Repo! The Genetic Opera (2008) – The Rise of a Passion-Fuelled Cult Film

Repo! The Genetic Opera (dir. Darren Lynn Bousman, 2008) – During an epidemic of organ failures, a biotech company emerges with the antidote of transplants – for a price.

5/5

This post is part of Preamble to Halloween, an October marathon of horror features before the dawn of All Hallows’ Eve.

During a worldwide epidemic, biotech corporation Geneco forces millions to purchase costly organs in order to survive. On paper, it is hard to imagine any measure of success for a film that puts music to this near-future dystopia. While gorehounds may very well scoff at the idea of enjoying the Broadway experience, musical fans are just as likely to balk at the hungry scalpels’ excessive bloodshed, which make the Demon Barber of Fleet Street seem tame next to it.

But everybody’s got somebody. Repo! The Genetic Opera managed to find a large cult following in every sense of the phrase, gathering to savour macabre murders and soaring voices in opera alike. Some fans are practically worshippers of the unholy union. Echoes of “Testify!” rise as they arrive in theatres, decked out in character costumes, performing shadow casts of their favourite scenes before the big screen as recent as last year.

Repo! The Genetic Opera
“Hope you’re a fan of The Cure.”

Their zeal is music to the ears of screen/songwriters Darren Smith and Terrance Zdunich, who often show up at these shows in appreciation. How far had the pair come since their first meeting at an acting class. Back in the 90s when their partnership began, they had launched Repo! as a scaled down rock club performance. Then known as The Necromerchant’s Debt, it lasted all of 10 minutes and still charmed audiences in its short duration.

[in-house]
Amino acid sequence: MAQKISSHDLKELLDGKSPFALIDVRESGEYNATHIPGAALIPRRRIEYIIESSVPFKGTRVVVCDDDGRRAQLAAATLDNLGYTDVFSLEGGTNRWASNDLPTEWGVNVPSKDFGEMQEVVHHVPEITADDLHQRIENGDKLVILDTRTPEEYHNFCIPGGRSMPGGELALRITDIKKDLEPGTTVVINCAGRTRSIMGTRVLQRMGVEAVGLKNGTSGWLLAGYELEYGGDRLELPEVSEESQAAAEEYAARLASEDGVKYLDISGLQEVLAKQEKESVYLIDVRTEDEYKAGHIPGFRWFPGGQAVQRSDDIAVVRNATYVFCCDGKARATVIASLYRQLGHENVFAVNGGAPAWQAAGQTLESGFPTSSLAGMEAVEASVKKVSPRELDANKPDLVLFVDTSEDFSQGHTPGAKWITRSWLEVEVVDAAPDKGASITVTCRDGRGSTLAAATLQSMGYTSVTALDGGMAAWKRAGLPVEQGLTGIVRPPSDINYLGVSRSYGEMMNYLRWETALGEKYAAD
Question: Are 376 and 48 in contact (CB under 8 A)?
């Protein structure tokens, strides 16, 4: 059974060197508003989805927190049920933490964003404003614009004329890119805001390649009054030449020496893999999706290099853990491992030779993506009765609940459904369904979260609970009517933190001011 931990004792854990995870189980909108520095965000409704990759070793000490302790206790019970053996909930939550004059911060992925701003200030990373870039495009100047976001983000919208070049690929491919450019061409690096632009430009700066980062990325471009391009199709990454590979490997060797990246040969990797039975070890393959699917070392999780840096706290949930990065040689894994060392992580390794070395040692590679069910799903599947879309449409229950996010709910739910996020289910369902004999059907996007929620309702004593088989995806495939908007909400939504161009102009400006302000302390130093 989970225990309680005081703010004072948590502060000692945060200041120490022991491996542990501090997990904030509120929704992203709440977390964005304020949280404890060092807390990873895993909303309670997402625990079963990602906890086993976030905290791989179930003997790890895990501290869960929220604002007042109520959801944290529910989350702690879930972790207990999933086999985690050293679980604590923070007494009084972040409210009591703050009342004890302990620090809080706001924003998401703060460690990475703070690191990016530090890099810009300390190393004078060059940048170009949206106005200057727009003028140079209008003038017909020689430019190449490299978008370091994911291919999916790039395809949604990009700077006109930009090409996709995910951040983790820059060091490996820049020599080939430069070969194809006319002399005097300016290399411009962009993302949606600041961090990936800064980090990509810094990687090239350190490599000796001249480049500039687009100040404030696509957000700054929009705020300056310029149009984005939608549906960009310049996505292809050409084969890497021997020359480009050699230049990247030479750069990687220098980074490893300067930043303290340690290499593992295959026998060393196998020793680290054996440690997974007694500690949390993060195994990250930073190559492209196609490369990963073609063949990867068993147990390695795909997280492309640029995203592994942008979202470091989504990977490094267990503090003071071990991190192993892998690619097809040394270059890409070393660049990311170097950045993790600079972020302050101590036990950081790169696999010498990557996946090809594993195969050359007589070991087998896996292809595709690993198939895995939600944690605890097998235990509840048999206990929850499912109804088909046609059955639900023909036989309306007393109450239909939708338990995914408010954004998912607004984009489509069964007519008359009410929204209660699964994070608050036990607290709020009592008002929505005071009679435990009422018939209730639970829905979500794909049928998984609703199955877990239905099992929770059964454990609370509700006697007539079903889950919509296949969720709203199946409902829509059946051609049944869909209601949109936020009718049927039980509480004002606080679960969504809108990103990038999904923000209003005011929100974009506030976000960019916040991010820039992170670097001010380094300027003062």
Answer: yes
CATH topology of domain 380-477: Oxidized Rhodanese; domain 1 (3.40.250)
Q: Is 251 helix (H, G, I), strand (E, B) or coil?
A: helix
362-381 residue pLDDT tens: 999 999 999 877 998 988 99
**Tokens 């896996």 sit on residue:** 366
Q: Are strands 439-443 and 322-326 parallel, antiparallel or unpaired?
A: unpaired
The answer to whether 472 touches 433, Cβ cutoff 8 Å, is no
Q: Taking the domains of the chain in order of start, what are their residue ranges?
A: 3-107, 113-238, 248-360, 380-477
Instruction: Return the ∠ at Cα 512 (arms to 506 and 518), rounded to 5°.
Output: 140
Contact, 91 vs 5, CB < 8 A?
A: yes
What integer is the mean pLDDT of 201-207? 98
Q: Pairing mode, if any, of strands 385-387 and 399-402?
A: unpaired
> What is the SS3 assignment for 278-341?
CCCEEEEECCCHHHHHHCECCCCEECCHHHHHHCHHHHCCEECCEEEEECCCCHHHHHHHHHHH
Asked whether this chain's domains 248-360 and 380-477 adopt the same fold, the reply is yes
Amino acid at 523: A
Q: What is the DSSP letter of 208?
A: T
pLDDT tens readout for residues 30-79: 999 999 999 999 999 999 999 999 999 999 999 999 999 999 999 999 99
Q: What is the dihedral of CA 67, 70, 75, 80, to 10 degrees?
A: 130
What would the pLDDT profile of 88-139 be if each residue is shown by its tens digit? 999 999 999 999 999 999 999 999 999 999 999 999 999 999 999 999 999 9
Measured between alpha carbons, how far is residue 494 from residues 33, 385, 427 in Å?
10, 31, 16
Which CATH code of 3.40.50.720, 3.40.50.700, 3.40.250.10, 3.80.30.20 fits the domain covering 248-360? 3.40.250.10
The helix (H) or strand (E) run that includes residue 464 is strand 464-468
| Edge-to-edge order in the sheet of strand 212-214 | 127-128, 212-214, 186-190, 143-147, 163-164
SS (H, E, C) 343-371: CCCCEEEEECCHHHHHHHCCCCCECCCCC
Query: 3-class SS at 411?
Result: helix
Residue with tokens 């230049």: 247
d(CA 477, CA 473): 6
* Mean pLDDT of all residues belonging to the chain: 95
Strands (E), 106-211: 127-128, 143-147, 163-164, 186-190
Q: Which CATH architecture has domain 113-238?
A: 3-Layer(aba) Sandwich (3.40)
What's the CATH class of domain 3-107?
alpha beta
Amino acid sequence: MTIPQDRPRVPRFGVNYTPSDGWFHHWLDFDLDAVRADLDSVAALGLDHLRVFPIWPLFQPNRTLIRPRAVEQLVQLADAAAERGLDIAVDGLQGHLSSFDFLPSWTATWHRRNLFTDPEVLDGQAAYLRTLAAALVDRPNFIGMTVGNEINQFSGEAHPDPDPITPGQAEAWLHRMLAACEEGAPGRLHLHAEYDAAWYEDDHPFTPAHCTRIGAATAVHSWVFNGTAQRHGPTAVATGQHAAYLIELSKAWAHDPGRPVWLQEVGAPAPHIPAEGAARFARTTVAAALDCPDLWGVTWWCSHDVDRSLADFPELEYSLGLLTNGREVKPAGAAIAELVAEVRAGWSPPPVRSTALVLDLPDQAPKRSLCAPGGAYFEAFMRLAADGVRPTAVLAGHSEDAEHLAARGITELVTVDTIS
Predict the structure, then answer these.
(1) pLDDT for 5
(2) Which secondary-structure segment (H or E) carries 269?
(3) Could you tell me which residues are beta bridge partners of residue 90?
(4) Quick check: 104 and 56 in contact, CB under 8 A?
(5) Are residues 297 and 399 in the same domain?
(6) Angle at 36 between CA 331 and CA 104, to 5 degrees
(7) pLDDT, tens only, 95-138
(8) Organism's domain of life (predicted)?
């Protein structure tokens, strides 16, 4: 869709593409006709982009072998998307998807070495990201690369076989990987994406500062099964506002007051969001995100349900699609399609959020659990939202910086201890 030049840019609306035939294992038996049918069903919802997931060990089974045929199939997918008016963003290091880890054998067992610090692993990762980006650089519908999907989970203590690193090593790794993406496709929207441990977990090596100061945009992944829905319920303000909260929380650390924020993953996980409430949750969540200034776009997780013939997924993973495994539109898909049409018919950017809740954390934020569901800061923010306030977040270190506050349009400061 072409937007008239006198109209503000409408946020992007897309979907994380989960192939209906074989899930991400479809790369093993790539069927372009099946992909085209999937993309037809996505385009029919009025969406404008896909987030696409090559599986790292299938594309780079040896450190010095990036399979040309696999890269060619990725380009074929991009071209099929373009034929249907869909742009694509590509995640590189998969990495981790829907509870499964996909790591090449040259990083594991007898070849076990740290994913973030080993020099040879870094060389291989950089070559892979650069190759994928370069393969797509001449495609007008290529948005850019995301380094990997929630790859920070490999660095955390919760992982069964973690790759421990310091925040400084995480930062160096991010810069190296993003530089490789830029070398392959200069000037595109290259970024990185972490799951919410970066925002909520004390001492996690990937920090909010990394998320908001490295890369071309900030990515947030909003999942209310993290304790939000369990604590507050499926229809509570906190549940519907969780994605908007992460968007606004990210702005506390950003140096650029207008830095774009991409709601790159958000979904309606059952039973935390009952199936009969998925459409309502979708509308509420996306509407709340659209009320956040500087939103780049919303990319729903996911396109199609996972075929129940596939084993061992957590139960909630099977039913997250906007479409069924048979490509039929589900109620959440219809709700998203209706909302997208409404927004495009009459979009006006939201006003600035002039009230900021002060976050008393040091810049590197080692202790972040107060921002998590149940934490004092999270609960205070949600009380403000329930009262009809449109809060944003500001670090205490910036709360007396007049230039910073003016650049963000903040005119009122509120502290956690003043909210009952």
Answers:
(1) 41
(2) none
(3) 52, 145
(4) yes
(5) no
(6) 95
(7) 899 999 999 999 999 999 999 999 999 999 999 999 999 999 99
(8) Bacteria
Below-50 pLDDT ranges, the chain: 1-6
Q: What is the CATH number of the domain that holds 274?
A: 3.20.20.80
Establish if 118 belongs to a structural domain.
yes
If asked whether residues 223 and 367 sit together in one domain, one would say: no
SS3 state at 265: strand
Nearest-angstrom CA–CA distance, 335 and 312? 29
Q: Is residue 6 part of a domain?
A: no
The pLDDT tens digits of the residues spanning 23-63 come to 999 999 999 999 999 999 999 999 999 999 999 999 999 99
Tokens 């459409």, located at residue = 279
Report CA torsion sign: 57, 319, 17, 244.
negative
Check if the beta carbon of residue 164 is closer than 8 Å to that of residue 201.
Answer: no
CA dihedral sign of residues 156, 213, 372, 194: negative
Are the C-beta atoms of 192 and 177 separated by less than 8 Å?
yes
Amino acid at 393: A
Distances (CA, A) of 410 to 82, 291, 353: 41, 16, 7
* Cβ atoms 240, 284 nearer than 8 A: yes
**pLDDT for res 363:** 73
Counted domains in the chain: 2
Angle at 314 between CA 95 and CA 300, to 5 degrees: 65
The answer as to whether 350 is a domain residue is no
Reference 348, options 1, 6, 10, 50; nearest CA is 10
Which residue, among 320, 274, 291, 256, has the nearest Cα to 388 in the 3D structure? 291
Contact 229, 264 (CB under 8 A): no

In 2002, Smith and Zdunich finally began their search for a director to stage a full-length play based on their brainchild. A serendipitous encounter led them to Darren Lynn Bousman. They put their trust in the then 23-year-old to bring their dream to life, despite him having no major directing credit under his belt. Well, not yet, anyway. Who knew that his filmmaking career would blow up in such a huge way just 3 years later? Talk about how the stars aligned.

When Bousman did enjoy success with his tremendous Saw sequels, one project remained at the back of his mind – what he, Smith and Zdunich had accomplished years before. But in spite of his rising name in the horror scene, he failed to convince the studios to take a chance with Repo!.

Repo! The Genetic Opera
Phantom of the Genetic Opera.

Bousman was nevertheless determined to make their passion project happen. Rejection did not faze him as he decided to finance and market the feature film himself. His admirable move took time to pay off. From Alexa Vega to Paris Hilton, the film’s eclectic cast was at first very much maligned, their competent acting and vocal abilities unfairly shot down based on preconceptions.

Even those who did give the actors a chance were confused. Horror fans who emerged from the Saw fandom had no idea what to make of the singsong proclamations that accompanied the violence. Critics lashed out at the grotesque torture, outlandish plot, over-the-top performances and over-stylised aesthetics.

Funnily enough, many of these latter alleged cinematic sins were precisely how Repo! The Genetic Opera came to be so well loved by others, even after all these years. With its cyberpunk aesthetics and gothic soundtrack, the musical seems uninterested in appealing to the masses. Instead, it wholeheartedly embraced fringe cultures, like few other films dared to do.

A low budget never once veils the sheer attitude and pure passion that fuel this unique opera, allowing it to live on loud every Halloween. We should be so thankful for the serendipitous encounters that birthed this audacious rock musical, embraced for its very oddity and willingness to venture beyond the conventional.

4 thoughts on “Repo! The Genetic Opera (2008) – The Rise of a Passion-Fuelled Cult Film”

  1. I’ve never heard of this film I’m ashamed to say. Can’t say if I know this is a movie for me, but well it sounds both quite intriguing and very weird at the same time. As always: awesome review!😀

    Liked by 1 person

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